Link: Historical Perspective on Recent Bear Markets

Aug 31, 2007: 1:21 AM CST

Barry Ritholtz at The Big Picture linked to a report from Jim Stack, where Mr. Stack graphically translated five bear markets in this century to correspond with today’s Dow Jones Index.

Mr. Stack provides charts that show the price decline of these Bear Markets as if they had occurred now, meaning we see the current price of the Dow (as of July, 2007) and follow it down to levels that would have been achieved (as a percentage read) if the Dow had been at current levels when it went through the bear phase.

In the most severe case in the charts (2000 – 2002), the current market would plummet to 7,000 by 2009, falling 50%.

(Graphic courtesy The Big Picture)

Neither Mr. Ritholtz nor Mr. Stack say this is what will happen in the report; in fact, neither make any predictions. The brief, graphical article merely puts past bear markets into the context of today’s market.

Read the post and compare Today’s Dow to Yesterday’s Dow.


2 Responses to “Link: Historical Perspective on Recent Bear Markets”

  1. Glyn Says:

    Interesting piece and I share the writers disblief re the ‘noise’ generated. I’m somewhat fearful however that the Fed/Bush combination is about to re-stoke the fire and blow the credit balloon up even further. It would appear that there’s now an unwritten mandate that the market can/must only rise. Sitting short several stocks currently and still mulling over todays possible seqenece of events: might be safer to get to cash and wait and see.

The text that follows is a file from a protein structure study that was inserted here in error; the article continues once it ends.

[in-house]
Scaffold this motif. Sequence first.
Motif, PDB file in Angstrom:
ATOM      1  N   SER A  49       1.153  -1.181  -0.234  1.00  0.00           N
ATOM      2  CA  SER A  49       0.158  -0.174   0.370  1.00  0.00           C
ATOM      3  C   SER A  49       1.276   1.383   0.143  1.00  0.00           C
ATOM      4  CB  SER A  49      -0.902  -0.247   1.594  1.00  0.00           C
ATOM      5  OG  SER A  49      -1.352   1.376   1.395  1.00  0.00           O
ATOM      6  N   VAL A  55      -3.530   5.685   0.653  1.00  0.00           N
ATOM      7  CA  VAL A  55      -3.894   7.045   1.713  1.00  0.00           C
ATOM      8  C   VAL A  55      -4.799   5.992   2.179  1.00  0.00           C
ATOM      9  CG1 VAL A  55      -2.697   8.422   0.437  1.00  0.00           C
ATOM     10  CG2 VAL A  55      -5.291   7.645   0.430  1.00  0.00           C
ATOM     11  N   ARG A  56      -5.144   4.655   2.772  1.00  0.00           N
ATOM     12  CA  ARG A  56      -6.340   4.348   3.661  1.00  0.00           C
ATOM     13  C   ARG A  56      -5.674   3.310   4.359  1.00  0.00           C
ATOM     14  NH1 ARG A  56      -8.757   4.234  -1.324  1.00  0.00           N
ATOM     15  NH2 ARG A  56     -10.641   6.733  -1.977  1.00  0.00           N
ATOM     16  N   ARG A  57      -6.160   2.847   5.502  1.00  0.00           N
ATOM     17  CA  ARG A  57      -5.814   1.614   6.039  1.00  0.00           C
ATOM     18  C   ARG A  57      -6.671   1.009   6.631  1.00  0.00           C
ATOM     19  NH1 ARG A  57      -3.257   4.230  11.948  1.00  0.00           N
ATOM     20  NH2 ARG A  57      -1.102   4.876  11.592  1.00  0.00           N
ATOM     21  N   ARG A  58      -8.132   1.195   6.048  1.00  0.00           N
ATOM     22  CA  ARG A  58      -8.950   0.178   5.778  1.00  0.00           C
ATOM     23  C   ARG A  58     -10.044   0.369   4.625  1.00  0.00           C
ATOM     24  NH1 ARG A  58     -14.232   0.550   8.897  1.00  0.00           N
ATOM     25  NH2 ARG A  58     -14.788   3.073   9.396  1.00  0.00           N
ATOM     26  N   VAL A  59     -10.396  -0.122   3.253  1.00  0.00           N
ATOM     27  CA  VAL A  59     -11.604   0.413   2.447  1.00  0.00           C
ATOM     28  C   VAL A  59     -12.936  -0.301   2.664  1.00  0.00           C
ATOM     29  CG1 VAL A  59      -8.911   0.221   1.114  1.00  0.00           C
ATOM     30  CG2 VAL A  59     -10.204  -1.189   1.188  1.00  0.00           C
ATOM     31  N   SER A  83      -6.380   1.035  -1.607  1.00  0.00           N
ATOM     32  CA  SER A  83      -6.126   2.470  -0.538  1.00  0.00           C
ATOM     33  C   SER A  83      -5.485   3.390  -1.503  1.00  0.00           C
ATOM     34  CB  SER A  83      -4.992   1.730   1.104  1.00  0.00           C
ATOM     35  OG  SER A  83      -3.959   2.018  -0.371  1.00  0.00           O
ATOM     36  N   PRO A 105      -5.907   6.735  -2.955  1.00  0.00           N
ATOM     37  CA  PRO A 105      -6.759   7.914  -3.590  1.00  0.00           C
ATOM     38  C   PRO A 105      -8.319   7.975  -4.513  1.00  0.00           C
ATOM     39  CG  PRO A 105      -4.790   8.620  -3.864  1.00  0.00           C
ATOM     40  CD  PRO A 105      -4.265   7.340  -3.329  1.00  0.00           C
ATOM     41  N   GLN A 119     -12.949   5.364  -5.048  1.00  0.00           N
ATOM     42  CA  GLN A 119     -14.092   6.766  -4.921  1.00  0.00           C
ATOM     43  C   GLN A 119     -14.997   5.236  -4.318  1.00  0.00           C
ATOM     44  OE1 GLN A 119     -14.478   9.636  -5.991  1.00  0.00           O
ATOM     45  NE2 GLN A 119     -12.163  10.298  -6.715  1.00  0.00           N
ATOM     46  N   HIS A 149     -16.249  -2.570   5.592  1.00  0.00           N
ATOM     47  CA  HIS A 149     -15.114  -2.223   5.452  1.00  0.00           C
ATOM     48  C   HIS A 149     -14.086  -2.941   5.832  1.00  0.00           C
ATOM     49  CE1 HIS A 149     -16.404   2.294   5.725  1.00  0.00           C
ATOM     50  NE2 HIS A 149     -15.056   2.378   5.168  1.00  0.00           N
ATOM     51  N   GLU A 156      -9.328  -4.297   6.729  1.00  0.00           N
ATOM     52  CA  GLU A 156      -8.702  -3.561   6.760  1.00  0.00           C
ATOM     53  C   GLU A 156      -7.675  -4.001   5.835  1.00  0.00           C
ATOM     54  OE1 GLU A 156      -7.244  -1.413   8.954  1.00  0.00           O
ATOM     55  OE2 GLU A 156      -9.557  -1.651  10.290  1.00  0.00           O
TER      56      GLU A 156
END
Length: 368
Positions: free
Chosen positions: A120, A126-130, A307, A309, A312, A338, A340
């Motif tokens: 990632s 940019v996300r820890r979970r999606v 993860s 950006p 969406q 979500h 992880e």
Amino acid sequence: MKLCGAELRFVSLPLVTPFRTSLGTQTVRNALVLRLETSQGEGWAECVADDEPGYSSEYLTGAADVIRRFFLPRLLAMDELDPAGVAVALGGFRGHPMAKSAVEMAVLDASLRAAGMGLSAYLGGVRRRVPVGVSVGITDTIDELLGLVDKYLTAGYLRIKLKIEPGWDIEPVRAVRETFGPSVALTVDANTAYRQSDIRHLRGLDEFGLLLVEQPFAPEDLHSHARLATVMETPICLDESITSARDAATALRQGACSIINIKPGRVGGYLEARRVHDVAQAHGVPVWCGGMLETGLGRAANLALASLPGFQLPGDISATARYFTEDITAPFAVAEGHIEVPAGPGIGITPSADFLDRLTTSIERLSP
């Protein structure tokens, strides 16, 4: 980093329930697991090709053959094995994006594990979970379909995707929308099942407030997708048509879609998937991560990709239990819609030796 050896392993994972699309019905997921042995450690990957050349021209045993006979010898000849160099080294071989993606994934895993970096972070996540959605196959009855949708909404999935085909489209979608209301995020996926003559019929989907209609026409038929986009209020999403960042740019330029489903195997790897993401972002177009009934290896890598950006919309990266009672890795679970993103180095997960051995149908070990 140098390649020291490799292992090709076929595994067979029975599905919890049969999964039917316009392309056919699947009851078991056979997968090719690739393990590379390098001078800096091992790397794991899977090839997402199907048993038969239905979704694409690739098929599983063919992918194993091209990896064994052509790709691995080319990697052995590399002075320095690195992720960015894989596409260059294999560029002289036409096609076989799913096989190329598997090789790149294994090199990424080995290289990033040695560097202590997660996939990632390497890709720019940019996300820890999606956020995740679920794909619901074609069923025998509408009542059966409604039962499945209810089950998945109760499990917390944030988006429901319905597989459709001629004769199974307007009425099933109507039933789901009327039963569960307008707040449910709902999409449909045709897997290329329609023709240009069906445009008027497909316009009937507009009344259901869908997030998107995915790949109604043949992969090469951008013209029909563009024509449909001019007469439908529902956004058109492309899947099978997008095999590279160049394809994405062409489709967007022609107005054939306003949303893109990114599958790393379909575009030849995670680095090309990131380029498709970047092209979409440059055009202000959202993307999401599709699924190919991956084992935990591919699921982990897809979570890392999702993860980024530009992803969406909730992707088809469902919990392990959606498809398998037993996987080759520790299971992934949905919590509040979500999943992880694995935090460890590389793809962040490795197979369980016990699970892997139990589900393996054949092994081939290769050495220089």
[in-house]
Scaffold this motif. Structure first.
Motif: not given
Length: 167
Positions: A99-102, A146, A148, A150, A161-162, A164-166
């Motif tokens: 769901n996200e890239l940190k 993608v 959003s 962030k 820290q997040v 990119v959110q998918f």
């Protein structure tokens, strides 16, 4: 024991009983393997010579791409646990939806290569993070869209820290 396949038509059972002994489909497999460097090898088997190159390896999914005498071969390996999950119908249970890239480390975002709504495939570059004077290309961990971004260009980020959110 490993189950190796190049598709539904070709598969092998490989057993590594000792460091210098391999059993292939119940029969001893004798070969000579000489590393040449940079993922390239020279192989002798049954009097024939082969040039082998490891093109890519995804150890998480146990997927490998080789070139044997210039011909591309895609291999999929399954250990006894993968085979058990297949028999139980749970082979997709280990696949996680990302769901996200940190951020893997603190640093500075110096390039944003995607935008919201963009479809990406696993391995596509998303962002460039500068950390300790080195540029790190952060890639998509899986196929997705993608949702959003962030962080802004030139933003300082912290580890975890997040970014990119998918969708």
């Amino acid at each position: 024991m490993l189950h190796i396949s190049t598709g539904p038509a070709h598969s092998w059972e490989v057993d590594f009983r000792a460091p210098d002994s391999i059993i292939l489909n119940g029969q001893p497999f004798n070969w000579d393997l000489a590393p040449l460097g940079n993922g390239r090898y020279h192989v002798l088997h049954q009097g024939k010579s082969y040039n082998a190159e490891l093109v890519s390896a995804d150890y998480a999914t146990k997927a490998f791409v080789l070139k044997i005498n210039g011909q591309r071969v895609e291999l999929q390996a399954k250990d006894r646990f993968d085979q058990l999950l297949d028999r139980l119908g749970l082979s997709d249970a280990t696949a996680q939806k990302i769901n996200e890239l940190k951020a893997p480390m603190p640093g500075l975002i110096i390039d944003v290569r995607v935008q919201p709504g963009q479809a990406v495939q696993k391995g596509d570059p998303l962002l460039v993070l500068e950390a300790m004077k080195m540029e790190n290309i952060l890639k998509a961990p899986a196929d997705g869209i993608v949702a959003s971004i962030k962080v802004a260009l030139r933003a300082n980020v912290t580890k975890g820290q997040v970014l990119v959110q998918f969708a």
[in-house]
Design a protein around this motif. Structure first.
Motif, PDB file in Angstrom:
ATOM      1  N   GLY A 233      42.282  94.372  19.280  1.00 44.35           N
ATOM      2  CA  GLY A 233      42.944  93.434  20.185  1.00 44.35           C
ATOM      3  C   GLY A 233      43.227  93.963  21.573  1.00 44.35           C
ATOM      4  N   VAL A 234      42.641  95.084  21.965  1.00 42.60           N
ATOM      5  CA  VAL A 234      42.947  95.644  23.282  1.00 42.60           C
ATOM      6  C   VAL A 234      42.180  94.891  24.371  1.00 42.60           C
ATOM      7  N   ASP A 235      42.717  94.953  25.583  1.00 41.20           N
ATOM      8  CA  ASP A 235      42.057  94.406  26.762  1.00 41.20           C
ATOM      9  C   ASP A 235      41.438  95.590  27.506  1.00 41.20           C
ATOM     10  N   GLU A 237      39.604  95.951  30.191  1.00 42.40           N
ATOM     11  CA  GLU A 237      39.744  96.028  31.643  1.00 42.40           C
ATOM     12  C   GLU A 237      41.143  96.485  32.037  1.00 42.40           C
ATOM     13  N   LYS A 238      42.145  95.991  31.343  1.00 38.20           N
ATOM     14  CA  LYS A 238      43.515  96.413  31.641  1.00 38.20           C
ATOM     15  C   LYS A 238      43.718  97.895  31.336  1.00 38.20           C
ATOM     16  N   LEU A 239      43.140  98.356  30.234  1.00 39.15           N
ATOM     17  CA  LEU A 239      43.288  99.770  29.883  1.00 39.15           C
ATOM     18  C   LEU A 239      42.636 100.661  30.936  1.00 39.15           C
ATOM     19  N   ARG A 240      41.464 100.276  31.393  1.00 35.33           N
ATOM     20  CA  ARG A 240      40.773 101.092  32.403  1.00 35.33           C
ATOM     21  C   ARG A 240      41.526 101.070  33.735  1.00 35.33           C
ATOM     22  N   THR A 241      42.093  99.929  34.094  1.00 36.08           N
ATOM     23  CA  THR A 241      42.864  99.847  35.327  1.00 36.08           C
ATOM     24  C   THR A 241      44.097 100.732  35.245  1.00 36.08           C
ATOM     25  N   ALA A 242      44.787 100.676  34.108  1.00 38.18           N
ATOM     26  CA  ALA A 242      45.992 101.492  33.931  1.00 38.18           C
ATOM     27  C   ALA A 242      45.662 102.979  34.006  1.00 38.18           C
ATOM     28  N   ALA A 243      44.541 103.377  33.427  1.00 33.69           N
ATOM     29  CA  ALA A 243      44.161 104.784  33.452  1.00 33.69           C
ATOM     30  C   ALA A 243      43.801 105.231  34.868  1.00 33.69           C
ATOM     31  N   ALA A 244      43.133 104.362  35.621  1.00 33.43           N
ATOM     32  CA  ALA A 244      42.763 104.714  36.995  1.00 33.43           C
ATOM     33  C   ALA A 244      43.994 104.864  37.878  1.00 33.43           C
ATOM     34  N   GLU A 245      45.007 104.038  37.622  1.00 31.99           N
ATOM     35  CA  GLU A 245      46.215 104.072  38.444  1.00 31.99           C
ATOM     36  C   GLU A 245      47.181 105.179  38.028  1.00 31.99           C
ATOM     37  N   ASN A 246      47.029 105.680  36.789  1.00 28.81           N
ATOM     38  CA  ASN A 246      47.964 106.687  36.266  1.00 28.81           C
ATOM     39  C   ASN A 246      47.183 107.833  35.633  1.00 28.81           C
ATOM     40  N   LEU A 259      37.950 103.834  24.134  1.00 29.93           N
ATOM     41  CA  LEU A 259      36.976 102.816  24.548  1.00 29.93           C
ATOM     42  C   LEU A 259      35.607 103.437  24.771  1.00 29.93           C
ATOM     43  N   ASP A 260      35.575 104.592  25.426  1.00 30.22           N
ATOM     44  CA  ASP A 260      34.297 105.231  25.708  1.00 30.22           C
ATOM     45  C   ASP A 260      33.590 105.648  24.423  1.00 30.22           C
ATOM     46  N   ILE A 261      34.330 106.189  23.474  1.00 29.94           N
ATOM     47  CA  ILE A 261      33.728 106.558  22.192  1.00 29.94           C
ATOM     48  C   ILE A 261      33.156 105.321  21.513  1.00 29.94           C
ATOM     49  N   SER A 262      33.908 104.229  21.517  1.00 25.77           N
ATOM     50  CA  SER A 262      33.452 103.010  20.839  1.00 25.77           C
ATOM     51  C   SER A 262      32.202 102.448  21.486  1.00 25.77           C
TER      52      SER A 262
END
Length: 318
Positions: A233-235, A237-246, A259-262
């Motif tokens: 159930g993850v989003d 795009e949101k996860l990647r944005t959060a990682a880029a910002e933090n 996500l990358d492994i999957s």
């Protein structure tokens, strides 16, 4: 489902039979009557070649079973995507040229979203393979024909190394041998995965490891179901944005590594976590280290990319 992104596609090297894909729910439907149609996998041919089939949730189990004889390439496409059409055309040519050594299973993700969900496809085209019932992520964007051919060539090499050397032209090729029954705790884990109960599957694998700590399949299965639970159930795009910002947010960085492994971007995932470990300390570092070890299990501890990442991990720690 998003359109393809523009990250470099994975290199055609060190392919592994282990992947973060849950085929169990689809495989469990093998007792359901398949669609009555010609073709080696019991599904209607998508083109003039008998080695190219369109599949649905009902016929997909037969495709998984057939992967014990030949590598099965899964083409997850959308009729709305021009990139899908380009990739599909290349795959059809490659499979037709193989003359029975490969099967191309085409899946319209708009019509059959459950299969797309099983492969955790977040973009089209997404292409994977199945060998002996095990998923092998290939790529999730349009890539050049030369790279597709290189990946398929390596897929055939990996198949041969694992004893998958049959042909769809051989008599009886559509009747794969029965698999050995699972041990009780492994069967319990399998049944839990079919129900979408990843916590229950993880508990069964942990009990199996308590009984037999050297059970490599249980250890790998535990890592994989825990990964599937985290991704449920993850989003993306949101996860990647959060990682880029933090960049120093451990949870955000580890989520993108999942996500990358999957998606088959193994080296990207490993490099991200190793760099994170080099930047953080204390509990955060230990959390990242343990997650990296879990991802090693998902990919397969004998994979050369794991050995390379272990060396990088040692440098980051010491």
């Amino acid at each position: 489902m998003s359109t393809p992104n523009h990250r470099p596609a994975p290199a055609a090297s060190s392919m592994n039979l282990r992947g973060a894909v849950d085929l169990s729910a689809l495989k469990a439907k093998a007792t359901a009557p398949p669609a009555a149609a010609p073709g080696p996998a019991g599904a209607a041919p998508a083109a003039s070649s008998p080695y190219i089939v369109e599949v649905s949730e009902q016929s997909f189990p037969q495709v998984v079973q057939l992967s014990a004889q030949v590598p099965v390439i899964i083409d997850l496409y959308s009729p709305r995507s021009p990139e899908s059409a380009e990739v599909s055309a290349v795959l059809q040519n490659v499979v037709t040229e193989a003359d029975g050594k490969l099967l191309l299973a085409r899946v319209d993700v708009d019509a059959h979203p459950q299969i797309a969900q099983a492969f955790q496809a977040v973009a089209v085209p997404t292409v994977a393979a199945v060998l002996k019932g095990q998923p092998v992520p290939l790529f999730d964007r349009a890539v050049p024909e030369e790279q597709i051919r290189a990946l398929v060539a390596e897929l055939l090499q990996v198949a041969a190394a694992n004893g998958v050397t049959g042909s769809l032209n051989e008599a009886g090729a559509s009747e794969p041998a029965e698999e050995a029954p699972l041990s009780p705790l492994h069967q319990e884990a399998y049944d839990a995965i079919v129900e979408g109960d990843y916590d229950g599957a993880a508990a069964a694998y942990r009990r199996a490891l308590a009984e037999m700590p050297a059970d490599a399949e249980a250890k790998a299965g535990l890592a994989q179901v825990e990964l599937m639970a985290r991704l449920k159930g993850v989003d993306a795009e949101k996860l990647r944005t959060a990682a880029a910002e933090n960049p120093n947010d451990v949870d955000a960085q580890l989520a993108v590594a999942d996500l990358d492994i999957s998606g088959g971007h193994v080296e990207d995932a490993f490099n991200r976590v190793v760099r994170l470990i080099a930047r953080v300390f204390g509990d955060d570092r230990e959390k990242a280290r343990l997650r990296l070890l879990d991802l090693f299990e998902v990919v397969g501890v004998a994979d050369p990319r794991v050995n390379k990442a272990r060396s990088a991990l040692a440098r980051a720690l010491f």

2. Corey Rosenbloom Says:


    I read a report today also that stated that today’s rally was in part due to “End of Month” buying and repositioning in front of a holiday (holiday effect in the market), which squeezed the shorts, causing them to buy to cover. All those pressures are in addition to the buying caused by traders reading positively into Bush’s/Bernacke’s speeches.

    Such things happen at the end of the month. The up move was not as pronounced as I would have expected (a 200 to 300 point move either way would not have surprised me).

    I hold no open swing positions, and only capture small pieces during the day, mainly on the ETFs themselves. I also do well with the @YM futures.

    With the market being so ‘reactionary’ as it has been, cash is king, as you stated.

    All the best,